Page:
Solar Activity Report for 5/5/05
- View SourceThe solar wind speed has dropped back to normal levels since the most
recent round of actvity. At least one person managed to capture a
picture of aurora shining through the midnight sun twilight in Alaska,
as can be seen here.
Sunspot region 756, while still large enough to be naked-eye visible,
is decaying in size and magnetic complexity. It never did manage to
fire off a significant flare, although it did ccome darn close a
couple of times, generating two C-9 events. It will soon be rotating
out of view. The next noteworthy event will be another coronal hole
solar wind stream encounter. A medium-sized coronal hole has rotated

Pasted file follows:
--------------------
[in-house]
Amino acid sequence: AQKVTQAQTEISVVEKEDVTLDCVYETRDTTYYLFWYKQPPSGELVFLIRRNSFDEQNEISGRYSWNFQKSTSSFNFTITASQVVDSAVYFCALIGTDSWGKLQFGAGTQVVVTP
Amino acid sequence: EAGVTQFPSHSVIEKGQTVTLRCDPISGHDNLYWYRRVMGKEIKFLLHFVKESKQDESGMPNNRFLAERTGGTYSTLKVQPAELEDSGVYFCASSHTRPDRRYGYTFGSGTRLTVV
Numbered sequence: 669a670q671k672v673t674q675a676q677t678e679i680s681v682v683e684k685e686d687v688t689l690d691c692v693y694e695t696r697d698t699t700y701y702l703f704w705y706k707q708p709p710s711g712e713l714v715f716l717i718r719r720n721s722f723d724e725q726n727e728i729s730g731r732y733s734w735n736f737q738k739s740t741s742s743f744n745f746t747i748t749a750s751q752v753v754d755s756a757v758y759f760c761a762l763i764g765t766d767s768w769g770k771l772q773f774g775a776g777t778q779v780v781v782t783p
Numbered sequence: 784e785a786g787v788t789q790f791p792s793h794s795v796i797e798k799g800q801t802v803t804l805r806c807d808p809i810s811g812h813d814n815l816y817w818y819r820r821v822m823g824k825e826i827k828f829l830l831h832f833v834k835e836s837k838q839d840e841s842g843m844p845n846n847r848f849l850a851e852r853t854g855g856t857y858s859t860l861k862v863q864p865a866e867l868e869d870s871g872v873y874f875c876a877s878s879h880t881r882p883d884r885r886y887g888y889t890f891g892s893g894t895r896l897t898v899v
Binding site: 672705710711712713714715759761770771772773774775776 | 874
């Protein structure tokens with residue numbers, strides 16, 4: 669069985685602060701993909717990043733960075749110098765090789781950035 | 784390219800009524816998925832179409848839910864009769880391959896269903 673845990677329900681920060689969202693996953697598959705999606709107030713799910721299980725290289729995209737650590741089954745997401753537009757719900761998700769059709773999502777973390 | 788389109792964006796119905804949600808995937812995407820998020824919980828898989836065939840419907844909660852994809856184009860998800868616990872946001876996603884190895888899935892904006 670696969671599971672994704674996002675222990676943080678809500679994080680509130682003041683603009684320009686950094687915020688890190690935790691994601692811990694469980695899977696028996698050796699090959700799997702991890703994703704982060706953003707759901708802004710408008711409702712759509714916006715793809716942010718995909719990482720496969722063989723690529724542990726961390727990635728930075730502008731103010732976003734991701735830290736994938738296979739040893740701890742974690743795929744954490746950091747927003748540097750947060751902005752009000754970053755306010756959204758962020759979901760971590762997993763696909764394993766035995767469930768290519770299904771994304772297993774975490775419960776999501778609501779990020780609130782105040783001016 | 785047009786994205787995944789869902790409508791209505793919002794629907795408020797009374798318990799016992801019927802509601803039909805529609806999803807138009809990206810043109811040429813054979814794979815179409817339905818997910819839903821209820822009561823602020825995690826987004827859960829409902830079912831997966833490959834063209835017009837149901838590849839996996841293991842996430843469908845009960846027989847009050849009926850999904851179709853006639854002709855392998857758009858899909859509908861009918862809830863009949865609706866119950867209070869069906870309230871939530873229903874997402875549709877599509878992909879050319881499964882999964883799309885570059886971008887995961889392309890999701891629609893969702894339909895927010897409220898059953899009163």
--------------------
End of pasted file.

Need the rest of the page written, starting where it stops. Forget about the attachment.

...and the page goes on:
into an Earth-pointing position, and we should see the solar wind
gusts from it in four or five days.
The current solar and goemagnetic conditions are :
NOAA sunspot number : 50
SFI : 109
A index : 6
K index : 1
Solar wind speed : 335.5 km/sec
Solar wind density : 1.2 protons/cc
Solar wind pressure : 0.3 nPa
IMF : 4.4 nT
IMF Orientation : 2.5 nT North
GOES-12 Background X-ray Flux level : B2
Conditions for the past 24 hours :
No space weather storms were observed for the past 24 hours.
Forecast for the next 24 hours
No space weather storms are expected for the next 24 hours.
Solar activity forecast :
Solar activity is expected to be low with predominately B and C-class
activity in Regions 756 and 758. There is a chance of a small M-class
flare in either of these regions, as well.
Geomagnetic activity forecast :
The geomagnetic field is expected to be quiet to unsettled.
Recent significant solar flare activity :